Appellate courts may occasionally conduct “plain error” review of issues which were not properly preserved for appeal at the trial court level. To review an issue for plain error, a set of criteria must be met, which include that the record must clearly establish what happened, a clear and unequivocal rule must be breached, a substantive right of the accused must be adversely affected, the issue must not have been waived for tactical reasons, and that consideration is necessary to do substantial justice. In the recent Tennessee case of State v. Guilfoy, M2012-00600-CCA-R3-CD (Tenn.Crim.App. 5-13-2013), the Court of Criminal Appeals declined plain error review of whether video recorded accusations by the child victims were properly admitted into evidence in a trial for rape of a child and aggravated sexual battery.
In the Guilfoy case, the Defendant, who was a close family friend of the child victims and of the victims’ mother, was accused of a number of incidents of sexual abuse, allegedly occurring while staying overnight in the same room with the victims. The Defendant denied the accusations. Though each of the victims testified at the trial, the State introduced, without objection at the time, the video recorded statements that the victims had given when interviewed about the abuse during the investigation. Though out of court statements can under some circumstances be used to impeach a testifying witness, in this case these interviews were not introduced as impeachment evidence but rather as substantive evidence to support the State’s case. This was probably in violation of the Tennessee Rules of Evidence (though not of the right of confrontation … as the witnesses did testify in court and were subject to cross examination). However, the Defendant did not object at trial. The interviews were not played during the trial, apparently because the court lacked the equipment to play the video recordings in the courtroom. The jury was told if they wanted to see the interviews, a television could be provided in the jury room where they could view them.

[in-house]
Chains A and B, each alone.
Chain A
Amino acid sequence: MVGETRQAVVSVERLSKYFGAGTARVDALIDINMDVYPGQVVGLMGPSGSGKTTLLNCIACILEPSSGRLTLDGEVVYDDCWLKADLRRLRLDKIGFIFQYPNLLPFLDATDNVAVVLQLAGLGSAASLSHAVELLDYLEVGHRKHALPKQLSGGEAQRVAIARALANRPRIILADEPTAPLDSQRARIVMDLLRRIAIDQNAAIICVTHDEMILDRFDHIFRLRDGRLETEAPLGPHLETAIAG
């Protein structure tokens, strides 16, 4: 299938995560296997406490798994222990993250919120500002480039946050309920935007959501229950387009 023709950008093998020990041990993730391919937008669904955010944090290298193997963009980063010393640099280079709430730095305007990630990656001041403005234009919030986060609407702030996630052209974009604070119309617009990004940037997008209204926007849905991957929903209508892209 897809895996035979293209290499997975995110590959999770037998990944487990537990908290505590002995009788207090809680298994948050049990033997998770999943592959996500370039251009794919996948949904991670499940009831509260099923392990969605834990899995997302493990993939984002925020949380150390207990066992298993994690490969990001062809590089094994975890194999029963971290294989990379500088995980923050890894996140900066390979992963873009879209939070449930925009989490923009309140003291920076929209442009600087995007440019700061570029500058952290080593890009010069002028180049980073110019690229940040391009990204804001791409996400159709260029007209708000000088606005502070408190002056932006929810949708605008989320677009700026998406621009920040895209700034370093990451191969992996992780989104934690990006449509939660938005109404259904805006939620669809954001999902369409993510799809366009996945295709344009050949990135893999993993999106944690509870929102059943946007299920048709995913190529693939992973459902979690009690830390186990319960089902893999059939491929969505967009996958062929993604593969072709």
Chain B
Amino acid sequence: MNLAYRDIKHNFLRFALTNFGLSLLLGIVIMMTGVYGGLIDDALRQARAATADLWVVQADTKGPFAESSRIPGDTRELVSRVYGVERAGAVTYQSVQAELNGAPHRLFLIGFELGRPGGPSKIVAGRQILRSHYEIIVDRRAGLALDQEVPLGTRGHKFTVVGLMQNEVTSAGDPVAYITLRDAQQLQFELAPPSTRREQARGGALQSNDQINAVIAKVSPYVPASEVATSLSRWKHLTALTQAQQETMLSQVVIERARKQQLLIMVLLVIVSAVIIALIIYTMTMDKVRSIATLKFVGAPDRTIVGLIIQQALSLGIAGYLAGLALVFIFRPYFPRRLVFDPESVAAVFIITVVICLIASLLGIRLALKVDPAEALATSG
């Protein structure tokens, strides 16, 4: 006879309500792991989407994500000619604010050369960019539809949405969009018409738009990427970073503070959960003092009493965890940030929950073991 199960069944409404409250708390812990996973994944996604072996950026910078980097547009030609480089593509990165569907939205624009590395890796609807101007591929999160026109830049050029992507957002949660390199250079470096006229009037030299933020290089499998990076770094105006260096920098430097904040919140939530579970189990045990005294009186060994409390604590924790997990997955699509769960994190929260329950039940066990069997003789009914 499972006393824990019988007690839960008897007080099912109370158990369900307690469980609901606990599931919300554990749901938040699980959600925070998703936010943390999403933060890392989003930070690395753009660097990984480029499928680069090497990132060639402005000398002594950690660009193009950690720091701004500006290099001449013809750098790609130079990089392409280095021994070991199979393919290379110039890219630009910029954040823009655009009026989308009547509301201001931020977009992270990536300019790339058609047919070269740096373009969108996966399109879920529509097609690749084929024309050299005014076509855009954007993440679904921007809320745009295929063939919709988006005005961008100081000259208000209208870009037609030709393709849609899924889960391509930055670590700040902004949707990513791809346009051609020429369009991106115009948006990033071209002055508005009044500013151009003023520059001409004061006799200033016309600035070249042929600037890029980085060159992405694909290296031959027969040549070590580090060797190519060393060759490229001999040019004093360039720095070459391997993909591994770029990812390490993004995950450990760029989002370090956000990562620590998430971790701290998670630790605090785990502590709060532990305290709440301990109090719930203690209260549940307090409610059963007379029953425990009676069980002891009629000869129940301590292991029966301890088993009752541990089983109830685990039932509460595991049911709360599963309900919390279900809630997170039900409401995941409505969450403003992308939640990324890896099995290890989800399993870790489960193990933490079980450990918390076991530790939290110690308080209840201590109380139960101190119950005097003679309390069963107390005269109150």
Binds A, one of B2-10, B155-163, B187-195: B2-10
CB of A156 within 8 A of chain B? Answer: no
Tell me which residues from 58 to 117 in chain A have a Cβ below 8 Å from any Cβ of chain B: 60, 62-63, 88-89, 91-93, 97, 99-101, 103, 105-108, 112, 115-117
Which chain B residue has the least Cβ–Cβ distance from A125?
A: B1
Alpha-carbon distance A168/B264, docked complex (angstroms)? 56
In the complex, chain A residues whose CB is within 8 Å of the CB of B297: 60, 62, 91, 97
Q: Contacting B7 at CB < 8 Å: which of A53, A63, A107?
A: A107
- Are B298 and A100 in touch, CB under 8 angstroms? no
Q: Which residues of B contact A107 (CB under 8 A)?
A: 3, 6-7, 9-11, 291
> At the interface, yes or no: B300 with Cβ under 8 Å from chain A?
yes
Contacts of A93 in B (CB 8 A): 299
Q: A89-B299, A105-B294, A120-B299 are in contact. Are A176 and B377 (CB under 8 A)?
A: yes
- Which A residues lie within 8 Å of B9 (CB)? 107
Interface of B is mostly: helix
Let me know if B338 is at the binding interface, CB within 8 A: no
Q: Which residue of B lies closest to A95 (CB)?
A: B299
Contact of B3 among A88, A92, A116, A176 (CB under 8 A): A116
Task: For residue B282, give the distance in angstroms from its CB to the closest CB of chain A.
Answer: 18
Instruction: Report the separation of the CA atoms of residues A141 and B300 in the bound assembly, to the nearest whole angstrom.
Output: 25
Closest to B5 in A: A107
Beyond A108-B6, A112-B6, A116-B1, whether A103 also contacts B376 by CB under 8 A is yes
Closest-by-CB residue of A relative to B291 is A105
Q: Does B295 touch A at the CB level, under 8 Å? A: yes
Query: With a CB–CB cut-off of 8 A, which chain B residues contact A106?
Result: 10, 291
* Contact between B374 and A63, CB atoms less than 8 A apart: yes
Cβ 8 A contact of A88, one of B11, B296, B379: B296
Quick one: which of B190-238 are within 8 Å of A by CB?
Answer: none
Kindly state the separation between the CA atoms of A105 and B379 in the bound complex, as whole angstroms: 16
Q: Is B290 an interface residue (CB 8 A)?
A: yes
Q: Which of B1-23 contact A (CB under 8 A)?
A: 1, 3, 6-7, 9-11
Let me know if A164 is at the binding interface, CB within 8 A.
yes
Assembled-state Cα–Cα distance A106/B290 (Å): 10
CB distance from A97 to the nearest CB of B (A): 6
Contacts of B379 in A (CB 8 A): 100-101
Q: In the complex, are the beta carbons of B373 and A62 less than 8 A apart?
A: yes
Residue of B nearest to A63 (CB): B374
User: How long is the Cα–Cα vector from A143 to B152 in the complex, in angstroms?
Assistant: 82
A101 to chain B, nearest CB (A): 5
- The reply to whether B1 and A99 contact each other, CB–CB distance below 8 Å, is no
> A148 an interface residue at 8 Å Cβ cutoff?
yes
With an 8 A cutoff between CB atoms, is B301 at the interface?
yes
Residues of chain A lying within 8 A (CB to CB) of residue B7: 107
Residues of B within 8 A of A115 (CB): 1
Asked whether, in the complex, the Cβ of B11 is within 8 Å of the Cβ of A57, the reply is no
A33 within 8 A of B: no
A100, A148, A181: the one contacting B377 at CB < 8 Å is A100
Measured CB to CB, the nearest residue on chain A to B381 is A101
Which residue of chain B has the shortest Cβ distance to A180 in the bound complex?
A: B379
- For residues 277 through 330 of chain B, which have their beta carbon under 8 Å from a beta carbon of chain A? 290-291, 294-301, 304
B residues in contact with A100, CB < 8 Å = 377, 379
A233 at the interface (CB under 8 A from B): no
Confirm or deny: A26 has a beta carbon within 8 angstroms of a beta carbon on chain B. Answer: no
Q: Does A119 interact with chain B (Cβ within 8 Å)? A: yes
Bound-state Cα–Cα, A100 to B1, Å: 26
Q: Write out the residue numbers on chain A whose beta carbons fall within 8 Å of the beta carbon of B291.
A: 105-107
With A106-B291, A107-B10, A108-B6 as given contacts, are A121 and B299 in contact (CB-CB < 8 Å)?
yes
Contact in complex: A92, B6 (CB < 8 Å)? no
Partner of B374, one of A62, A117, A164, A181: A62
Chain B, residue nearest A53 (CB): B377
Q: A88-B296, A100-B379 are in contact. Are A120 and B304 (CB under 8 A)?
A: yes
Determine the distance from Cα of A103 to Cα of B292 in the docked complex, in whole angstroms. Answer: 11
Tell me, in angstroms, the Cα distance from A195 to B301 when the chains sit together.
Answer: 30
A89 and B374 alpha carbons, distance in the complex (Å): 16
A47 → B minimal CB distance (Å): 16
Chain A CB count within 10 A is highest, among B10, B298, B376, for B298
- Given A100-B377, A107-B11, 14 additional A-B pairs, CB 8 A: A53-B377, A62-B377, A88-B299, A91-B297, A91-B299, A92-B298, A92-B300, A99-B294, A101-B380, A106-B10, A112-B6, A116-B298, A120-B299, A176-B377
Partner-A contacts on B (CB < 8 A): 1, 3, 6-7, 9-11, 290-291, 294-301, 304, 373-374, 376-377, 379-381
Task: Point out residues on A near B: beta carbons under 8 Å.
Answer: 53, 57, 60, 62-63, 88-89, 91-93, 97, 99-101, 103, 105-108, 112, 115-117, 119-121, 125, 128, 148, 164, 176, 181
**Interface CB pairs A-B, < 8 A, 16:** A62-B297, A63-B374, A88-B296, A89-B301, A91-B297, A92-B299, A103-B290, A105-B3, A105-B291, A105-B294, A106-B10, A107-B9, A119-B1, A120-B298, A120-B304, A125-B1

When the Defendant raised this issue on appeal, the Court of Criminal Appeals considered it waived for failure to object to admission of the evidence at trial. The Court also declined plain error review, concluding that there was no evidence in the record that the jury ever viewed or heard the interviews, as there is no indication they ever requested to view them or requested the equipment to do so.
For more information on plain error review, and how to avoid it by preserving potential appellate issues at the trial court level, contact The Lanzon Firm.